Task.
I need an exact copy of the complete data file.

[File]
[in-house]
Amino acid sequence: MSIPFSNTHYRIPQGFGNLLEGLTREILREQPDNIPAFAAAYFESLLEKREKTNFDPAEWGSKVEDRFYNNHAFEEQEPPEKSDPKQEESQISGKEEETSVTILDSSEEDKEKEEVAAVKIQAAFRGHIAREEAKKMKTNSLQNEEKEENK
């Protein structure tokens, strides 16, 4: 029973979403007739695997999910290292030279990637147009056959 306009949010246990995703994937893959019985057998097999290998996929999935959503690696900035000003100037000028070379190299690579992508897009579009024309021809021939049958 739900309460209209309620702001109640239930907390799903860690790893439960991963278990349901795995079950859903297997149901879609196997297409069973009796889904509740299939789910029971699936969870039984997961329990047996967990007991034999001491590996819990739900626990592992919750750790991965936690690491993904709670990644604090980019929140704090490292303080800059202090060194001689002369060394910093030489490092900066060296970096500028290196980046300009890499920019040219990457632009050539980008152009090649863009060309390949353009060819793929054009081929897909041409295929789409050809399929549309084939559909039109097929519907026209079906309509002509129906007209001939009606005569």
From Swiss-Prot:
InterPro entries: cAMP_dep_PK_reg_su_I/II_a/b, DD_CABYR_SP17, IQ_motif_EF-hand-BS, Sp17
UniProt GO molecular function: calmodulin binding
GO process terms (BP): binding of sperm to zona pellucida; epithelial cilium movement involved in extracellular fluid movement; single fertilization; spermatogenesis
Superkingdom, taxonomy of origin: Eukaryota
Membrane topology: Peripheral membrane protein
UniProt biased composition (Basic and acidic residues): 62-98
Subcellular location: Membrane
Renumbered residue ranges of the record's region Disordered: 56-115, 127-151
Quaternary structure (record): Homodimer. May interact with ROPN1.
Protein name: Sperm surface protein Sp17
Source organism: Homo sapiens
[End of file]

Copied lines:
[in-house]
Amino acid sequence: MSIPFSNTHYRIPQGFGNLLEGLTREILREQPDNIPAFAAAYFESLLEKREKTNFDPAEWGSKVEDRFYNNHAFEEQEPPEKSDPKQEESQISGKEEETSVTILDSSEEDKEKEEVAAVKIQAAFRGHIAREEAKKMKTNSLQNEEKEENK
């Protein structure tokens, strides 16, 4: 029973979403007739695997999910290292030279990637147009056959 306009949010246990995703994937893959019985057998097999290998996929999935959503690696900035000003100037000028070379190299690579992508897009579009024309021809021939049958 739900309460209209309620702001109640239930907390799903860690790893439960991963278990349901795995079950859903297997149901879609196997297409069973009796889904509740299939789910029971699936969870039984997961329990047996967990007991034999001491590996819990739900626990592992919750750790991965936690690491993904709670990644604090980019929140704090490292303080800059202090060194001689002369060394910093030489490092900066060296970096500028290196980046300009890499920019040219990457632009050539980008152009090649863009060309390949353009060819793929054009081929897909041409295929789409050809399929549309084939559909039109097929519907026209079906309509002509129906007209001939009606005569």
From Swiss-Prot:
InterPro entries: cAMP_dep_PK_reg_su_I/II_a/b, DD_CABYR_SP17, IQ_motif_EF-hand-BS, Sp17
UniProt GO molecular function: calmodulin binding
GO process terms (BP): binding of sperm to zona pellucida; epithelial cilium movement involved in extracellular fluid movement; single fertilization; spermatogenesis
Superkingdom, taxonomy of origin: Eukaryota
Membrane topology: Peripheral membrane protein
UniProt biased composition (Basic and acidic residues): 62-98
Subcellular location: Membrane
Renumbered residue ranges of the record's region Disordered: 56-115, 127-151
Quaternary structure (record): Homodimer. May interact with ROPN1.
Protein name: Sperm surface protein Sp17
Source organism: Homo sapiens